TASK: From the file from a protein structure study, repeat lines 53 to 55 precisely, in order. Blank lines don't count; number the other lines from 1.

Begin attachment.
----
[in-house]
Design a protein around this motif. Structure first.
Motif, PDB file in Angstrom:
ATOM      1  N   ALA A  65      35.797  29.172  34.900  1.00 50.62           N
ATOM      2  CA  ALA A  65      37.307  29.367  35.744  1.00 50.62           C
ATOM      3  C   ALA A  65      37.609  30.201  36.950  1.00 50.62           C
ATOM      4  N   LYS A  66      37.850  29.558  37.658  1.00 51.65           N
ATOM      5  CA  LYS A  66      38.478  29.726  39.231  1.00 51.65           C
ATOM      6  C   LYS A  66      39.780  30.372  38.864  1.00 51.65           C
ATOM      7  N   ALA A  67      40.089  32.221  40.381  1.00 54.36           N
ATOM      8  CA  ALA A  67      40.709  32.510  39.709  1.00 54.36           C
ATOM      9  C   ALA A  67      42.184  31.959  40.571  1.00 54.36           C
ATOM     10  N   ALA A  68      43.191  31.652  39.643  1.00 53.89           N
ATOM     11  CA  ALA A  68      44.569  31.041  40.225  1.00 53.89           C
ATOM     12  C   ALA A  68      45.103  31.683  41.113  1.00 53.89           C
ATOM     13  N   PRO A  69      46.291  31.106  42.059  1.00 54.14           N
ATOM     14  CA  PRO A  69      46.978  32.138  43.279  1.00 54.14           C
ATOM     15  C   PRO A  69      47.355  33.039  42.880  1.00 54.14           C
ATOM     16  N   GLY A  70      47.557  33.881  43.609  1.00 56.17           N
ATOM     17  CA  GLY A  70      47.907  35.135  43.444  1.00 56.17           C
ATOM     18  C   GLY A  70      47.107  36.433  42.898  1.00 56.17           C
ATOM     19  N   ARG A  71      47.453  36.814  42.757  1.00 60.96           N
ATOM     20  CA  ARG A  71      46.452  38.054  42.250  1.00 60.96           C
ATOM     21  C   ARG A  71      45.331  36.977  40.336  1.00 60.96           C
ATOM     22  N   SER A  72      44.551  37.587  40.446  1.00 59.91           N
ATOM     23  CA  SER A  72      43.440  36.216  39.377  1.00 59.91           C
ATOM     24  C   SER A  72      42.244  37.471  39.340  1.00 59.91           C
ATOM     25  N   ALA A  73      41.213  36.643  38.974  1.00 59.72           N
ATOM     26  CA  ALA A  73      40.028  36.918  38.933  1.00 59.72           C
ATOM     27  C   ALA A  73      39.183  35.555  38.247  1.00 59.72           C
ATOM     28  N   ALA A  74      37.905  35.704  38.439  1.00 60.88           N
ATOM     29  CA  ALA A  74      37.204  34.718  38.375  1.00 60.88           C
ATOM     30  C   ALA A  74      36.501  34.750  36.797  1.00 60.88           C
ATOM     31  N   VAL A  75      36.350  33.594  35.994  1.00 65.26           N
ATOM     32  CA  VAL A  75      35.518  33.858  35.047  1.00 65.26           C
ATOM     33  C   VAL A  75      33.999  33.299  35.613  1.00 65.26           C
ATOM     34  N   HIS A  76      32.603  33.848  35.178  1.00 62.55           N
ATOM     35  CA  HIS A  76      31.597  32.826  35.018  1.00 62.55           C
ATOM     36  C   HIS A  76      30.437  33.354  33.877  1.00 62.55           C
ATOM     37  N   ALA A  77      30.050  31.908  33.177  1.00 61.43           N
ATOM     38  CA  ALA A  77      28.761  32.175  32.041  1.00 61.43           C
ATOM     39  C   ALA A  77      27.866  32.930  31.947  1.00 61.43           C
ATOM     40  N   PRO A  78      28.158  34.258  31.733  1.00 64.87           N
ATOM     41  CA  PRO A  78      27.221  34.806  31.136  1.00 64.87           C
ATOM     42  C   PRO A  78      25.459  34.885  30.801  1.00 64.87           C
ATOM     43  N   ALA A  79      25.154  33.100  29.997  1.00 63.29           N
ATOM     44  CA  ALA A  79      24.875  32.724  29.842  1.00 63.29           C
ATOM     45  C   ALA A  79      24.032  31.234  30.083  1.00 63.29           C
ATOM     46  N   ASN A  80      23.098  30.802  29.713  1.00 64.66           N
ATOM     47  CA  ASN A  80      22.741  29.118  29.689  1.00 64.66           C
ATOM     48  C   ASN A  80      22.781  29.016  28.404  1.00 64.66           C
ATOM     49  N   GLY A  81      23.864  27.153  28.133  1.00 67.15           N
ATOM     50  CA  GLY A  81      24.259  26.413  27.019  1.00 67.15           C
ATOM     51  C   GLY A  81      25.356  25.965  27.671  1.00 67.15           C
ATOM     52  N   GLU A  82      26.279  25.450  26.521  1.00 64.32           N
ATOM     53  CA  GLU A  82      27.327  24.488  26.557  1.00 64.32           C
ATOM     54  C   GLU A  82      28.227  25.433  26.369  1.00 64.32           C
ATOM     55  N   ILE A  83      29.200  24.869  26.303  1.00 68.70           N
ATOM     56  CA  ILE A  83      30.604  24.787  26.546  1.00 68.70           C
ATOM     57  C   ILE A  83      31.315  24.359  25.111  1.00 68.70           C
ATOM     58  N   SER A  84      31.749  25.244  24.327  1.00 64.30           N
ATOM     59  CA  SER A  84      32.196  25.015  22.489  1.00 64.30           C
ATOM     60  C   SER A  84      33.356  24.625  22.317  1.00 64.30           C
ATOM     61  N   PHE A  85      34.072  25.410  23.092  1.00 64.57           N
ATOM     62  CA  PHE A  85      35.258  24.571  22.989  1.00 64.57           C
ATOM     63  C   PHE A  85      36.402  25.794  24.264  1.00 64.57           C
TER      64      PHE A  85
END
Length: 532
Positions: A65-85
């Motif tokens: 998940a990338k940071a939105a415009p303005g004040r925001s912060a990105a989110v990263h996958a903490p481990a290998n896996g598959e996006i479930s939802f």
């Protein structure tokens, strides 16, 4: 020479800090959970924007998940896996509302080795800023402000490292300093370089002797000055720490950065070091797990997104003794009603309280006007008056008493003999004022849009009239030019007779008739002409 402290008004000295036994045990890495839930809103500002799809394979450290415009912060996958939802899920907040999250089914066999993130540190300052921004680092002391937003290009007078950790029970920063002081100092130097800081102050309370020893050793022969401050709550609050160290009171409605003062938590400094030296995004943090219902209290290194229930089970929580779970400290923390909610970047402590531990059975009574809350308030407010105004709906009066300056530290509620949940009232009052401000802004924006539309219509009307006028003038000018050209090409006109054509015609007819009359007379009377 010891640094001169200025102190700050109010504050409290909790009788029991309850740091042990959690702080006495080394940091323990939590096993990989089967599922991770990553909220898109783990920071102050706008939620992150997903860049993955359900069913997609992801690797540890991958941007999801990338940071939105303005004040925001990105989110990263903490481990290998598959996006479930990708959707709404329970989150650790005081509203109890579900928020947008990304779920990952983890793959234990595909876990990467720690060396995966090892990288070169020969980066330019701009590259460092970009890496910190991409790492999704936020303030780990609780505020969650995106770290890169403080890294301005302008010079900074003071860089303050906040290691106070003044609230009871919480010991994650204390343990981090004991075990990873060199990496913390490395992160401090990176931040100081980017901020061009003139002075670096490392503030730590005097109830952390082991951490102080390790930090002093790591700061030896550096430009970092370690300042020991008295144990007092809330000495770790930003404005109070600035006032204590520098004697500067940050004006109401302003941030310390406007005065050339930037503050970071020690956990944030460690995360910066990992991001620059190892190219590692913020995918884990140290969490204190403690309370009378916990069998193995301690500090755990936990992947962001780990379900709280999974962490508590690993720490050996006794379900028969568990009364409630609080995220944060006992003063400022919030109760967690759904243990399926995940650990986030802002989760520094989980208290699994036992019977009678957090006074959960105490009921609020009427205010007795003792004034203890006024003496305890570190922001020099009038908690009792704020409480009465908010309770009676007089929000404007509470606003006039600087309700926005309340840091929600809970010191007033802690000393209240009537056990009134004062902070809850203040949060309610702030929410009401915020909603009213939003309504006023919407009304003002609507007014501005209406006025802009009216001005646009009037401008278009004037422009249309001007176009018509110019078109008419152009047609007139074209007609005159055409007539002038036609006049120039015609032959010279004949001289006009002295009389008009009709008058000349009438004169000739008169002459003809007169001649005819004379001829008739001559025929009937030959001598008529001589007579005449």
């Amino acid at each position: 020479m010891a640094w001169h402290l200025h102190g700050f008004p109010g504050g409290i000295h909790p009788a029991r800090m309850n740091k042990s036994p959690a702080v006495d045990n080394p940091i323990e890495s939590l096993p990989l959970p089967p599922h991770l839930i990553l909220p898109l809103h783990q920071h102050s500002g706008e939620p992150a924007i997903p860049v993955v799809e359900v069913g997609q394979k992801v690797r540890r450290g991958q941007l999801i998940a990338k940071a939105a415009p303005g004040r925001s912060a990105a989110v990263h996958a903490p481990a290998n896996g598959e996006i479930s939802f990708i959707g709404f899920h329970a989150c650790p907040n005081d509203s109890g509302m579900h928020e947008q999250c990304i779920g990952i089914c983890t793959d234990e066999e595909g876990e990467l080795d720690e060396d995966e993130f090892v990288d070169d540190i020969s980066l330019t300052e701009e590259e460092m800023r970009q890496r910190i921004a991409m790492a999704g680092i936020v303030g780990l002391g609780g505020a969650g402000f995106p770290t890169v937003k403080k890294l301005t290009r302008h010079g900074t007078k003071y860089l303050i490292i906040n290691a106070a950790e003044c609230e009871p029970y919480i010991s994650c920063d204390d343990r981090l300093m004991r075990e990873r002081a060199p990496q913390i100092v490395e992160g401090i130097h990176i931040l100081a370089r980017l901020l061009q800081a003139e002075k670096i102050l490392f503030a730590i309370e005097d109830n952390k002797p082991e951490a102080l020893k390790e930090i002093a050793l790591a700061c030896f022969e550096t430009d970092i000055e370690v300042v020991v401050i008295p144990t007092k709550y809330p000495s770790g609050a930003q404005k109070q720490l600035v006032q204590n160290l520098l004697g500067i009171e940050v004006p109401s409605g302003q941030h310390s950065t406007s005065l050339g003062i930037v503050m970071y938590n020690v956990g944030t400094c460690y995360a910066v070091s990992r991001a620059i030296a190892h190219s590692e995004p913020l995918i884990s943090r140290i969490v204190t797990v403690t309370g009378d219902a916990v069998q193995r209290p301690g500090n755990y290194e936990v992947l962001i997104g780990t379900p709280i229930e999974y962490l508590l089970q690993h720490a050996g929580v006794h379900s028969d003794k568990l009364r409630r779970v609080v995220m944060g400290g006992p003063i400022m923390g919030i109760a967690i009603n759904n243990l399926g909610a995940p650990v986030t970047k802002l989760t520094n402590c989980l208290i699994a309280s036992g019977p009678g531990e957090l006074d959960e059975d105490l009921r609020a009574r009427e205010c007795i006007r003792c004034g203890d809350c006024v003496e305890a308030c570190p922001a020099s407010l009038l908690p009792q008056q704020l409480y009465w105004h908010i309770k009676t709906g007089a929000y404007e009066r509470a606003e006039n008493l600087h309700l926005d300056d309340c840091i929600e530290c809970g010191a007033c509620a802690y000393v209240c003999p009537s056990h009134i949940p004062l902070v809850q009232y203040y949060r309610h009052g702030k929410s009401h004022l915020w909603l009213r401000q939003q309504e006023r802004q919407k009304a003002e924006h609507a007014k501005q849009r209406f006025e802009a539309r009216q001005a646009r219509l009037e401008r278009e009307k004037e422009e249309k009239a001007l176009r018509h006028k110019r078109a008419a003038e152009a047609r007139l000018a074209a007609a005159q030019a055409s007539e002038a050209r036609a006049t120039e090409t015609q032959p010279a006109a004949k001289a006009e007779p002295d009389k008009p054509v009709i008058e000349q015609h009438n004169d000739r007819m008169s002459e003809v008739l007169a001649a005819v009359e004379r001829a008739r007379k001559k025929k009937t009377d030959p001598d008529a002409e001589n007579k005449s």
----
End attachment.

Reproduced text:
ATOM     50  CA  GLY A  81      24.259  26.413  27.019  1.00 67.15           C
ATOM     51  C   GLY A  81      25.356  25.965  27.671  1.00 67.15           C
ATOM     52  N   GLU A  82      26.279  25.450  26.521  1.00 64.32           N